He is an evangelical Christian and says he can separate his personal opinion from the law. Hagedorn faces liberal-backed Wisconsin Supreme Court candidate Lisa Neubauer in the April 2 election.

Neubauer is chief judge on the state appeals court where Hagedorn is also a judge.

Neubauer campaign manager Tyler Hendricks says Hagedorn would bring a “personal, extreme and radical agenda to the Supreme Court.”



The outcome of a fight over a Louisiana law regulating abortion providers could signal whether a fortified conservative majority on the Supreme Court is willing to cut back on abortion rights.

The high court is expected to decide in the next few days whether the state can begin enforcing a law requiring doctors who work at abortion clinics to have admitting privileges at a nearby hospital. It was passed in 2014, but has never taken effect.

The Supreme Court struck down a similar law in Texas three years ago. But the court's lineup has changed since then. Two appointees of President Donald Trump have joined the bench and Justice Anthony Kennedy has retired. Kennedy voted to strike down the Texas law.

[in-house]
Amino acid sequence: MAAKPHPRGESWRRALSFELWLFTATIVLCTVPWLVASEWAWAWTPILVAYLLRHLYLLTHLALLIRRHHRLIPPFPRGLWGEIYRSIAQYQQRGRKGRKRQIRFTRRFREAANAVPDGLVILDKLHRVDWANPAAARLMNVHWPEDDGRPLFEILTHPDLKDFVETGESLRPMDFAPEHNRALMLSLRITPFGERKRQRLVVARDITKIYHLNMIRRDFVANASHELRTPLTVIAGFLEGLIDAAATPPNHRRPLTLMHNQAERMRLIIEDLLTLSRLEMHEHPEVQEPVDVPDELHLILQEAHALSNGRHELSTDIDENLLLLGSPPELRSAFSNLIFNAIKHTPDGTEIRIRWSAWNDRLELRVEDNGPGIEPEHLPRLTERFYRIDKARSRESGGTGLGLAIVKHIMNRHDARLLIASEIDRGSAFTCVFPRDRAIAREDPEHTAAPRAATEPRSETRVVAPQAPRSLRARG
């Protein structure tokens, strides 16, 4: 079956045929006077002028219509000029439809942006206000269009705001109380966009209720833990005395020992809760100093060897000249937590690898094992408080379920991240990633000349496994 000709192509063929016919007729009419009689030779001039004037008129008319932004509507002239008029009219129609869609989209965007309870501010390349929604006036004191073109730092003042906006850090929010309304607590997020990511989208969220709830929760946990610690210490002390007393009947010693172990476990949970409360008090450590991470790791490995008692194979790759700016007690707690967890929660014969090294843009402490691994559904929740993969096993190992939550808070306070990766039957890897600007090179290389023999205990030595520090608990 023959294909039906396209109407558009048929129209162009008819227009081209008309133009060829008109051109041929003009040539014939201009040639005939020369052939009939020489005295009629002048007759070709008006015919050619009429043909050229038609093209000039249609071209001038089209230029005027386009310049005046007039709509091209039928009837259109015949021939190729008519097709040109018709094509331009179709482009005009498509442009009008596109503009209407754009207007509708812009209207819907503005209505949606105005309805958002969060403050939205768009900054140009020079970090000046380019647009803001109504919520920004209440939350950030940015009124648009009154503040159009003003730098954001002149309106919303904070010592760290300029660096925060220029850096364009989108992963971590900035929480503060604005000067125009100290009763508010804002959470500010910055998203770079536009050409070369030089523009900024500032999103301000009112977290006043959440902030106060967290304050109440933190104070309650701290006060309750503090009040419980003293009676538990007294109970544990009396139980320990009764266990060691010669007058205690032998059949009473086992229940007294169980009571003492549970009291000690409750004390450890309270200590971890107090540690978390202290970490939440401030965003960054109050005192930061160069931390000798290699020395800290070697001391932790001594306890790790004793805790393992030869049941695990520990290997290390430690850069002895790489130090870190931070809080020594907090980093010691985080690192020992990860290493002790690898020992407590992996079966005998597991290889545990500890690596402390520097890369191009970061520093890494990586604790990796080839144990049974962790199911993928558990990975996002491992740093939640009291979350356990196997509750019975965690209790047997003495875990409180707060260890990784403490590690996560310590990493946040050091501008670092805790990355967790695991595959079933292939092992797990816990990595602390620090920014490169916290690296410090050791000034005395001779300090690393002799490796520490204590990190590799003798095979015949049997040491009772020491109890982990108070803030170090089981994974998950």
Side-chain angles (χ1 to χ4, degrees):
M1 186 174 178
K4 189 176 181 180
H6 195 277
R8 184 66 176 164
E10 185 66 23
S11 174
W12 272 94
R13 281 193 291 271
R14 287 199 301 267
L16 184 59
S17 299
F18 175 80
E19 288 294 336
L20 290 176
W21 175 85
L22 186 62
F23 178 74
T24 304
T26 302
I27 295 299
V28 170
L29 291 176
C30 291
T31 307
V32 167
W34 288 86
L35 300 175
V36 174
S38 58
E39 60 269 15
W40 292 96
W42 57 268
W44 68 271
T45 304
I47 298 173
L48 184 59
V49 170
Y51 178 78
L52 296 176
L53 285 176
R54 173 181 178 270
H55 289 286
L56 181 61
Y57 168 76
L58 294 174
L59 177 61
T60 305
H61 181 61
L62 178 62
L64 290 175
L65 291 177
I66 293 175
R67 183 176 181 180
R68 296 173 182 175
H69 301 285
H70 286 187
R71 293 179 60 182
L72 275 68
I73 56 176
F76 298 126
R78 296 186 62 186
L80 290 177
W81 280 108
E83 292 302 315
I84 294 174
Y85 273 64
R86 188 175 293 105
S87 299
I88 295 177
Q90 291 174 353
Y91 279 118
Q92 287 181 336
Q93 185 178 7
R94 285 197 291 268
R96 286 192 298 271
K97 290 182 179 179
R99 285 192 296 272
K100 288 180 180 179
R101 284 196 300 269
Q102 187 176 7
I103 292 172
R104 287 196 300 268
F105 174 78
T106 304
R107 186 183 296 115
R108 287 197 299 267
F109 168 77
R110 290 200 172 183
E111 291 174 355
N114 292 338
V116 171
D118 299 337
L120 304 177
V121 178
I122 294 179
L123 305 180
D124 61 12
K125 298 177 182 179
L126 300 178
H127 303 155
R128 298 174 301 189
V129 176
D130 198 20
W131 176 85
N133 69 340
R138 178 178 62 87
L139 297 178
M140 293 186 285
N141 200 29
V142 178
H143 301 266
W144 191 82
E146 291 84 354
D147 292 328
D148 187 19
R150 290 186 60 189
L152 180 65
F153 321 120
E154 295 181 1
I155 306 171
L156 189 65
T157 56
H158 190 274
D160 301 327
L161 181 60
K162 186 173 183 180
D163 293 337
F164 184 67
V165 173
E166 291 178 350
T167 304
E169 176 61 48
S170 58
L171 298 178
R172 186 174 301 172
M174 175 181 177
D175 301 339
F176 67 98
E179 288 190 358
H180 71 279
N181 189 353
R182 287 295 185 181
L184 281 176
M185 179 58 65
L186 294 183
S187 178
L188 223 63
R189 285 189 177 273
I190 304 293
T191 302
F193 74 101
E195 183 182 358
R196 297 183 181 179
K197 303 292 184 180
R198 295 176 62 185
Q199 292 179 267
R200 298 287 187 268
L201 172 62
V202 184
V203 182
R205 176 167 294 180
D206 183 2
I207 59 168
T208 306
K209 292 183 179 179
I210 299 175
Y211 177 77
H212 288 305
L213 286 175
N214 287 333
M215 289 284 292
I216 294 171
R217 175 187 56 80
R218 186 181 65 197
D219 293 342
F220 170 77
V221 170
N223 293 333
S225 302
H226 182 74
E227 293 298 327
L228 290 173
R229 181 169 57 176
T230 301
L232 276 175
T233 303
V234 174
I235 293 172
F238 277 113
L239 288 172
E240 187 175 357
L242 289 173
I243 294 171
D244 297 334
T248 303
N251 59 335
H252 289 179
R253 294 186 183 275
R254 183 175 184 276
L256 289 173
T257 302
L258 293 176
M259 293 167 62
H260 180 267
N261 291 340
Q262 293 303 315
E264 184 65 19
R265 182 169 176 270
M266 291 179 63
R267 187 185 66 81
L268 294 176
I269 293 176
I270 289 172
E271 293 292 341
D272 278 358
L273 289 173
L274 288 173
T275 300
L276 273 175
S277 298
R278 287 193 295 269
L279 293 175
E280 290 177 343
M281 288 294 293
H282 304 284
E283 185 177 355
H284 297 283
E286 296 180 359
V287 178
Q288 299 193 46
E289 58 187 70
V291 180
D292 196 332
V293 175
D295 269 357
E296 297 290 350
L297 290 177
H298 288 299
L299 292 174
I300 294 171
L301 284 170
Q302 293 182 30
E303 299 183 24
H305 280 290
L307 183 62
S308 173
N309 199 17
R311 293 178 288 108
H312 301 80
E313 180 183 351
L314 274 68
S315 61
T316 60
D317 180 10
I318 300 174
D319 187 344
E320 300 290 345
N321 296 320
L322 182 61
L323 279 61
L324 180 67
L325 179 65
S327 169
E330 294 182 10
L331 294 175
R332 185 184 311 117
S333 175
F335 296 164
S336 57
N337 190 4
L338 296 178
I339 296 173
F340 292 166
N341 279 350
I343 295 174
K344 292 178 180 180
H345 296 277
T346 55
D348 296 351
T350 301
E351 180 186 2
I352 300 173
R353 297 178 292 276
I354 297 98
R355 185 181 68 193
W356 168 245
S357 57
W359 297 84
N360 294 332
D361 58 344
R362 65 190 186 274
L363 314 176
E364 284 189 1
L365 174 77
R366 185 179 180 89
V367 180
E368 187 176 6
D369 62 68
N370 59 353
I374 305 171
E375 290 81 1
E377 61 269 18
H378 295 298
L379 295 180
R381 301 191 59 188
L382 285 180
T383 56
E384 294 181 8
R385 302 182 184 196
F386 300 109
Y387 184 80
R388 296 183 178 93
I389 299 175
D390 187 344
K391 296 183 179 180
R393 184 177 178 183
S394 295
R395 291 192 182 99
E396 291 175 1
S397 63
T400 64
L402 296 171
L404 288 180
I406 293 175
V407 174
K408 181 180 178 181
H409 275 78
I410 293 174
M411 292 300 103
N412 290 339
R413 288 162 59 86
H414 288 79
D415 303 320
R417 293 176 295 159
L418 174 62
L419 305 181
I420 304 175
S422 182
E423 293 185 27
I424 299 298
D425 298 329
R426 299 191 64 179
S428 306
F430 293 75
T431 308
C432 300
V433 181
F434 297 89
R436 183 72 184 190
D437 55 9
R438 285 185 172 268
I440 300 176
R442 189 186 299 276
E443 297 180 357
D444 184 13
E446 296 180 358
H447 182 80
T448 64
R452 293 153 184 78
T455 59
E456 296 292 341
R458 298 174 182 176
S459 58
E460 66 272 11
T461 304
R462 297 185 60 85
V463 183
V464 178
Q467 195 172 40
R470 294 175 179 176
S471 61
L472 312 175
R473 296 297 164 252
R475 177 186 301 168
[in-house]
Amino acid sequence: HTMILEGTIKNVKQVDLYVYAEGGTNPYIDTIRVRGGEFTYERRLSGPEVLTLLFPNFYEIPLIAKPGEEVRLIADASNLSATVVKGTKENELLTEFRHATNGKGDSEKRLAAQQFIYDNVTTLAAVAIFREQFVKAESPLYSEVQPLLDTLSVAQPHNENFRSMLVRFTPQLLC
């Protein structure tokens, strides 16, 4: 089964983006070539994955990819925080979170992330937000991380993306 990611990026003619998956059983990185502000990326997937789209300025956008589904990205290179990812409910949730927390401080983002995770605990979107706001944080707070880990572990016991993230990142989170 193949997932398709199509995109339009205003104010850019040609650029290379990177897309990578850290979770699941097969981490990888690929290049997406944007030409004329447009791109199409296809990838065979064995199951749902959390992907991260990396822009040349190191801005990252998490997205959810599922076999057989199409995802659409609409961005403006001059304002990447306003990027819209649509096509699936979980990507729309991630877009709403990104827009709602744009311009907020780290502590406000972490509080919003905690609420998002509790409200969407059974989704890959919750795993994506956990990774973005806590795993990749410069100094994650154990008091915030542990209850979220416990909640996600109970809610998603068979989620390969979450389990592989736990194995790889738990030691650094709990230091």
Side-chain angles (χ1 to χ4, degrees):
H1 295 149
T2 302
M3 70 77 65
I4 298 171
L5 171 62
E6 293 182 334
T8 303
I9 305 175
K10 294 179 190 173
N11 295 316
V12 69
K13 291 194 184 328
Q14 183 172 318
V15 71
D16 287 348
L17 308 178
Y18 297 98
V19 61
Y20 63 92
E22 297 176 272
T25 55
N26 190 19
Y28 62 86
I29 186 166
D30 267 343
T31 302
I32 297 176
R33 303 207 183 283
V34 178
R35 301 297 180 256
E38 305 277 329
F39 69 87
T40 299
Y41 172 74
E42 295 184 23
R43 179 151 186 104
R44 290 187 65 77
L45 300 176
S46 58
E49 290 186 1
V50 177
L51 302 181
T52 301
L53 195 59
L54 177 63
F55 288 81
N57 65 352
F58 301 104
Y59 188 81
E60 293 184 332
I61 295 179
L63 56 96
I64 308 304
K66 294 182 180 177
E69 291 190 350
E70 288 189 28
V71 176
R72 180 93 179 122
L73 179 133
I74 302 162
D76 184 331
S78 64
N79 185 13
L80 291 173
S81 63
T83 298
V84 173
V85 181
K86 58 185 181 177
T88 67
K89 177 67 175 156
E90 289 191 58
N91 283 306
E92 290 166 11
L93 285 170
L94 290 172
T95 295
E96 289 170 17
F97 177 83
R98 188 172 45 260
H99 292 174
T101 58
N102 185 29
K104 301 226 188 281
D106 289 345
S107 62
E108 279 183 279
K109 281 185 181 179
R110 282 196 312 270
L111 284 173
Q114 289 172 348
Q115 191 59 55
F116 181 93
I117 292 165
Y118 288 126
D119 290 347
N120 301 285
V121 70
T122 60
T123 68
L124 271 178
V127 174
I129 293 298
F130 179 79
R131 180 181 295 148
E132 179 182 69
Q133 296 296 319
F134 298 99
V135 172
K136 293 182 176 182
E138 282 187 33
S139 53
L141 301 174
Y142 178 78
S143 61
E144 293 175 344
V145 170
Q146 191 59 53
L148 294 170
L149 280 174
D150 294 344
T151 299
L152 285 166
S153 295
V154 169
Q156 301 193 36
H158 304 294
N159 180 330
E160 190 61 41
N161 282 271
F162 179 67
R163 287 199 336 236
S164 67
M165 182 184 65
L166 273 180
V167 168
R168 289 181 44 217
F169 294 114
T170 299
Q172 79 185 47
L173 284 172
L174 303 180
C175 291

Maine Republican U.S. Sen. Susan Collins had the best fundraising quarter of her career after she delivered a pivotal vote that helped seat Brett Kavanaugh on the Supreme Court, according to documents filed with the Federal Election Commission.

The Bangor Daily News reports that after announcing her decision to vote in favor of Kavanaugh's nomination during a speech on the Senate floor in early October, Collins raised $1.8 million in the final quarter of 2018.

The records show that of the nearly $900,000 Collins received from individual donors who contributed more than $200 to her campaign, just $19,000 came from individuals with Maine addresses.